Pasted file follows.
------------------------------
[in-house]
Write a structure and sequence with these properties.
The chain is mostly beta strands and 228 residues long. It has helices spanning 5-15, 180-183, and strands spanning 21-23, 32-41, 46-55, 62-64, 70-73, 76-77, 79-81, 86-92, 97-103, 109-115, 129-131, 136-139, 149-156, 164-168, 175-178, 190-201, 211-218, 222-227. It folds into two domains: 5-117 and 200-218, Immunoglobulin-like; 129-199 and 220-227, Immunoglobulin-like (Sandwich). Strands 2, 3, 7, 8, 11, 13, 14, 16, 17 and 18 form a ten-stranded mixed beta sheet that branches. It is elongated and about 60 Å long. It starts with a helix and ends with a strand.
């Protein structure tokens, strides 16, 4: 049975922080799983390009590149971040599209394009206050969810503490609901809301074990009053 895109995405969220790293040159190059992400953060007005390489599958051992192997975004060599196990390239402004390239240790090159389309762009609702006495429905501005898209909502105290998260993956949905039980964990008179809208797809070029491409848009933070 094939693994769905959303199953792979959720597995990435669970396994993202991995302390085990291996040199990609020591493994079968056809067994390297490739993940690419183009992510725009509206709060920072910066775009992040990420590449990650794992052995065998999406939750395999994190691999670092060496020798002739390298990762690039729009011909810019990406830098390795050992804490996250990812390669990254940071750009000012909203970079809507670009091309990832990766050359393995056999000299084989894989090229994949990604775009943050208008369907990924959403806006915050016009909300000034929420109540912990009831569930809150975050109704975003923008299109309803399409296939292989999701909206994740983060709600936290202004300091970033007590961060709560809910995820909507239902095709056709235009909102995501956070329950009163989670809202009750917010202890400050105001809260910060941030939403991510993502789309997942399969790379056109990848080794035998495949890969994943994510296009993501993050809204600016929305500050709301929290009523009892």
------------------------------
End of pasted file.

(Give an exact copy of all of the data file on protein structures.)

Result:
[in-house]
Write a structure and sequence with these properties.
The chain is mostly beta strands and 228 residues long. It has helices spanning 5-15, 180-183, and strands spanning 21-23, 32-41, 46-55, 62-64, 70-73, 76-77, 79-81, 86-92, 97-103, 109-115, 129-131, 136-139, 149-156, 164-168, 175-178, 190-201, 211-218, 222-227. It folds into two domains: 5-117 and 200-218, Immunoglobulin-like; 129-199 and 220-227, Immunoglobulin-like (Sandwich). Strands 2, 3, 7, 8, 11, 13, 14, 16, 17 and 18 form a ten-stranded mixed beta sheet that branches. It is elongated and about 60 Å long. It starts with a helix and ends with a strand.
């Protein structure tokens, strides 16, 4: 049975922080799983390009590149971040599209394009206050969810503490609901809301074990009053 895109995405969220790293040159190059992400953060007005390489599958051992192997975004060599196990390239402004390239240790090159389309762009609702006495429905501005898209909502105290998260993956949905039980964990008179809208797809070029491409848009933070 094939693994769905959303199953792979959720597995990435669970396994993202991995302390085990291996040199990609020591493994079968056809067994390297490739993940690419183009992510725009509206709060920072910066775009992040990420590449990650794992052995065998999406939750395999994190691999670092060496020798002739390298990762690039729009011909810019990406830098390795050992804490996250990812390669990254940071750009000012909203970079809507670009091309990832990766050359393995056999000299084989894989090229994949990604775009943050208008369907990924959403806006915050016009909300000034929420109540912990009831569930809150975050109704975003923008299109309803399409296939292989999701909206994740983060709600936290202004300091970033007590961060709560809910995820909507239902095709056709235009909102995501956070329950009163989670809202009750917010202890400050105001809260910060941030939403991510993502789309997942399969790379056109990848080794035998495949890969994943994510296009993501993050809204600016929305500050709301929290009523009892």